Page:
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Plants that have a story to tell

Endemic and rare species in the Park

Potentilla cinerea (A. Rivelli/PNAM).

The Maritime Alps are situated at the end of the Alpine chain and are subject to the mitigating effect of the sea. They were only touched marginally by the ice cap that covered the Alps on several occasions in the Quaternary period. So, a number of plants managed to survive, taking refuge right here on these mountains.
After surviving the glaciations, many of these plants were unable to recover lost ground because the environmental conditions had changed and they faced fierce competition from species that had differentiated in the meantime. So, they remained confined to the Maritime Alps where we still find them today.

These species are endemic, that is they only grow in the Park. "Endemic" doesn't necessarily mean "rare": for a species to be endemic it has to be found only in a limited area, there are some rare botanic species that are spread over a very wide area. If the distribution of an endemic species is very limited, we talk about a strict endemism.

Strict endemisms are precious, living witnesses to past eras, they tell us the story of the climate in remote times. It is paramount to protect them, as their disappearance would mean the extinction of the species from the planet. There are also endemic species with a slightly wider distribution area: they way they are found in little "islands" on a particular territory gives us information about the evolution of the plant cover in a given area as influenced by geological and climatic events. There are ten strict endemisms in Alpi Marittime Nature Park, and around fifty endemic species with a wider distribution.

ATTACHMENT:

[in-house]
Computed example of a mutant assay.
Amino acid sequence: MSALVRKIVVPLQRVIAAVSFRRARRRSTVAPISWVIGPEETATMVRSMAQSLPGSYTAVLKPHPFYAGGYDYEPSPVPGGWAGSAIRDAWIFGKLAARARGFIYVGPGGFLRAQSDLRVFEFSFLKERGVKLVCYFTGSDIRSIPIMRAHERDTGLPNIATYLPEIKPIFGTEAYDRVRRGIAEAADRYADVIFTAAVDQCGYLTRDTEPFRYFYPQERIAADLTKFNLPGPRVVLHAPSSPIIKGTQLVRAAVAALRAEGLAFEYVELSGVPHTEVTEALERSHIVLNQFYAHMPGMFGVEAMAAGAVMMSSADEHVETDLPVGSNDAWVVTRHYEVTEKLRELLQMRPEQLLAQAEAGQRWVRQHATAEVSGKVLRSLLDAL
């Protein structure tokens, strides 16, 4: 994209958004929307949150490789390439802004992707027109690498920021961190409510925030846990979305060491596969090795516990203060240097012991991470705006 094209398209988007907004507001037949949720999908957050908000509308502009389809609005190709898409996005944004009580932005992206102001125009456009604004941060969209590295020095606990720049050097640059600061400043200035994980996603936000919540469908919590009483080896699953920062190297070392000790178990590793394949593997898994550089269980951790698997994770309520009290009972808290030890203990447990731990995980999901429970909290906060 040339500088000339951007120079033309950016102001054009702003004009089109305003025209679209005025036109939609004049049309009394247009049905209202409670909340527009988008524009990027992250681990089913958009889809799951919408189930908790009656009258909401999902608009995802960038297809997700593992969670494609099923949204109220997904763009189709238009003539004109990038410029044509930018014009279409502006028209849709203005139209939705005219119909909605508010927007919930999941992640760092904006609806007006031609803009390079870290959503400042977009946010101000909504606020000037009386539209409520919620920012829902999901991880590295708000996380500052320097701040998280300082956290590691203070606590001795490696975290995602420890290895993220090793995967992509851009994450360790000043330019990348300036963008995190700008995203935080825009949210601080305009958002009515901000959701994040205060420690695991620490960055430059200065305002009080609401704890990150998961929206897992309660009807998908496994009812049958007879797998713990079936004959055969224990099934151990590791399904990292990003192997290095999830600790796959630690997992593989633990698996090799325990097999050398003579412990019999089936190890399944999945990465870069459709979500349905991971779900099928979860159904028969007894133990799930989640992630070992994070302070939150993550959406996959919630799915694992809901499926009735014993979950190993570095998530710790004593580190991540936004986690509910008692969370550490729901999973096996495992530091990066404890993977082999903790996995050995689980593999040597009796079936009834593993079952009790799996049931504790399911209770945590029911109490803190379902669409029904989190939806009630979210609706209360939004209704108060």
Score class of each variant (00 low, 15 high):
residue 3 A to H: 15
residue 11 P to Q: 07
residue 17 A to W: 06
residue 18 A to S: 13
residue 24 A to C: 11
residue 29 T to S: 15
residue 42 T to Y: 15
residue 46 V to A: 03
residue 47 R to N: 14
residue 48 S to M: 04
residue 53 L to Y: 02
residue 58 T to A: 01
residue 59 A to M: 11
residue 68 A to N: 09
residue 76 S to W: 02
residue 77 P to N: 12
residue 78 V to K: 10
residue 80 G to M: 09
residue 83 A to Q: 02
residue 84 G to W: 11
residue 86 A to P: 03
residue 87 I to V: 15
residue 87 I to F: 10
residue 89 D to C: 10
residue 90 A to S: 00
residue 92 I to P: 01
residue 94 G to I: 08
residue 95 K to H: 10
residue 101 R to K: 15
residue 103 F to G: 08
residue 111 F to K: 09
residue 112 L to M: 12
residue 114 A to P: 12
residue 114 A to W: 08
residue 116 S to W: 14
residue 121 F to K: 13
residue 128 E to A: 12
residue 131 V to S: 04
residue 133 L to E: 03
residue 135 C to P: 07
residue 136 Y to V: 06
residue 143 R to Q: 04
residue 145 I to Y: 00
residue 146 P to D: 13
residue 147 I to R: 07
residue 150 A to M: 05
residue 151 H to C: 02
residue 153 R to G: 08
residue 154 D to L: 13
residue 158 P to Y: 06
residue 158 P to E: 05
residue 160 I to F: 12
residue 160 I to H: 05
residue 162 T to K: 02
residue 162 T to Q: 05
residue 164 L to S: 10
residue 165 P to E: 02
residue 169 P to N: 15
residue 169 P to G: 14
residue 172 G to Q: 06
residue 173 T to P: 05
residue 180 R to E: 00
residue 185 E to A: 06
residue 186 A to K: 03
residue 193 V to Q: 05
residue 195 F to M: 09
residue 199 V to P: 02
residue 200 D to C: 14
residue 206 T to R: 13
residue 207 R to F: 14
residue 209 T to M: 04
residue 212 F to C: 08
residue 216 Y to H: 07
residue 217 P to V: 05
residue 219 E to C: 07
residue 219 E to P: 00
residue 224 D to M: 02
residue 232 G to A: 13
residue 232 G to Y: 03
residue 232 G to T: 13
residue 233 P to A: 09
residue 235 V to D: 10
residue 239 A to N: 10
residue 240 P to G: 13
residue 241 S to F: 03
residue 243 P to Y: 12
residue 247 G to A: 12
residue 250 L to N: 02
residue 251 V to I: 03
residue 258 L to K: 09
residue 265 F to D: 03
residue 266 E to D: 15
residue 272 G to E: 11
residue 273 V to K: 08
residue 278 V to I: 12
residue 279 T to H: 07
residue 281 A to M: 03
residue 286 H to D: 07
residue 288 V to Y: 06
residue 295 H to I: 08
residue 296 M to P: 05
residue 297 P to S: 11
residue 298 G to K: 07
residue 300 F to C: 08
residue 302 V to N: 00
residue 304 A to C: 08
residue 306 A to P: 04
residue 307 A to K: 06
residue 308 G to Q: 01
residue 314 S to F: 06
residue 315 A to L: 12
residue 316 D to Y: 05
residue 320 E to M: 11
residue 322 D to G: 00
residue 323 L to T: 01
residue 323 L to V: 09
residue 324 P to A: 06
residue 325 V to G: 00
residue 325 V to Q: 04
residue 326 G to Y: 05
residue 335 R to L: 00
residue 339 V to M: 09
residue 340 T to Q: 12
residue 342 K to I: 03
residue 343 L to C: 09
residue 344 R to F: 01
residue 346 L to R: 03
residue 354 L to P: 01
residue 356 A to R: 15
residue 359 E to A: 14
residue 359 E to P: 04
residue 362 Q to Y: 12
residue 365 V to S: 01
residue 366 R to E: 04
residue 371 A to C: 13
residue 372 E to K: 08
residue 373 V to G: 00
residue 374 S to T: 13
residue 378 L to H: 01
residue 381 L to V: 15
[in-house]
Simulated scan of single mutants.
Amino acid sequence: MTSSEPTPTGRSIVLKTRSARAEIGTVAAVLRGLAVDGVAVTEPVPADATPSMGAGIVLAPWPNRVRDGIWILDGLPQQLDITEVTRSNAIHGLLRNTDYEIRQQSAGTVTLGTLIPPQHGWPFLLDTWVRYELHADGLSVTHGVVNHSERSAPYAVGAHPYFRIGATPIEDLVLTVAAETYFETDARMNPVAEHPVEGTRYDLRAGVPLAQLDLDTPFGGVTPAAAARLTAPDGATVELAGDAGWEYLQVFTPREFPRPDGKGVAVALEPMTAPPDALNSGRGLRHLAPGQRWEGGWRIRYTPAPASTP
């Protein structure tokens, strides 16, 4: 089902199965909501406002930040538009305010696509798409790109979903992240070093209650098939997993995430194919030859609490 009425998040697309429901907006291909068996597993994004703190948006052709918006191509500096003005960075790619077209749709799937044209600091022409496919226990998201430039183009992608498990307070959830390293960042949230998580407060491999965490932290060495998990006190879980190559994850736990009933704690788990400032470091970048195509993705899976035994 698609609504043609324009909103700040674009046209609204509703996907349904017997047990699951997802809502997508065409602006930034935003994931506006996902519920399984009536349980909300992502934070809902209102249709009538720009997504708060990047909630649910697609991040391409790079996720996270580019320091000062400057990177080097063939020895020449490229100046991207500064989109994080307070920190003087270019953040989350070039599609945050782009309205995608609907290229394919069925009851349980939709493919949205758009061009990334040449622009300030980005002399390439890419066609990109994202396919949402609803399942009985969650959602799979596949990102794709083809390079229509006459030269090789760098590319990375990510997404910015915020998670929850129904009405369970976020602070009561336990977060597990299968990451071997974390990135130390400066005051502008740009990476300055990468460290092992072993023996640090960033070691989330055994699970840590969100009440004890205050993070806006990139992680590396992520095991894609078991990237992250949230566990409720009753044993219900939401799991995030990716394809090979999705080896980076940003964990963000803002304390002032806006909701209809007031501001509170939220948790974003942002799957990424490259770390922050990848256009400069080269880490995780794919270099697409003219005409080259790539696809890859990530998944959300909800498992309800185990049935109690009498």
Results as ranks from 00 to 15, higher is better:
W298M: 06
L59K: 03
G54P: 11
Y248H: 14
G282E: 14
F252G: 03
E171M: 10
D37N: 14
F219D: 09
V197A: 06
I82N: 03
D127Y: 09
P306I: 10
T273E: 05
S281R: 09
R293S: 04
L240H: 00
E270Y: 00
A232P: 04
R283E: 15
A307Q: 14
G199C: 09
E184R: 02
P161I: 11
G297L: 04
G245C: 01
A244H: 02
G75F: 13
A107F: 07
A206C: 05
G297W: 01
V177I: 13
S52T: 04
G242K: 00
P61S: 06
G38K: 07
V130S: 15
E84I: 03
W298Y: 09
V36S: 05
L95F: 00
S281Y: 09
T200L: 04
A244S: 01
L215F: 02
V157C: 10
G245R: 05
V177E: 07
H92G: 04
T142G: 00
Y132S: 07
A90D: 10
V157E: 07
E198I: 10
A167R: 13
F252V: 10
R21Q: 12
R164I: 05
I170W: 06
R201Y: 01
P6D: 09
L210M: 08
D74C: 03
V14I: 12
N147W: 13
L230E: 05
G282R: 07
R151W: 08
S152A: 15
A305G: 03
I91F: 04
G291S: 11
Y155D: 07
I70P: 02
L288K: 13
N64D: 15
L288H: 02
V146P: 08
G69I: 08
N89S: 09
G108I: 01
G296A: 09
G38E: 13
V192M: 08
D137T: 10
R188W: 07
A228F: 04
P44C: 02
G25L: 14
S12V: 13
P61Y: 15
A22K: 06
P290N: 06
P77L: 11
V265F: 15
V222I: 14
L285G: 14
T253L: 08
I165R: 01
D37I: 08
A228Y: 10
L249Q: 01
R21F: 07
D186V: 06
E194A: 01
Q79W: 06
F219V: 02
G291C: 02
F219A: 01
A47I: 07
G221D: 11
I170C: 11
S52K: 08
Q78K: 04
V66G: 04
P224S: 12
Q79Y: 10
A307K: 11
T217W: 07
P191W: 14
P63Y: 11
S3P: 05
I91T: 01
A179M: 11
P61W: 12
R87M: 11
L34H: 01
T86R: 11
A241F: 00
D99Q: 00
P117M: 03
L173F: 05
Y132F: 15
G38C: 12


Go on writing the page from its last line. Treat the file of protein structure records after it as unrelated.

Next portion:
The ancient king

A precious living fossil

The ancient king (Saxifraga florulenta) is a perennial plant from the paleozoic era, that has survived to the present day in a few small areas of Alpi Marittime


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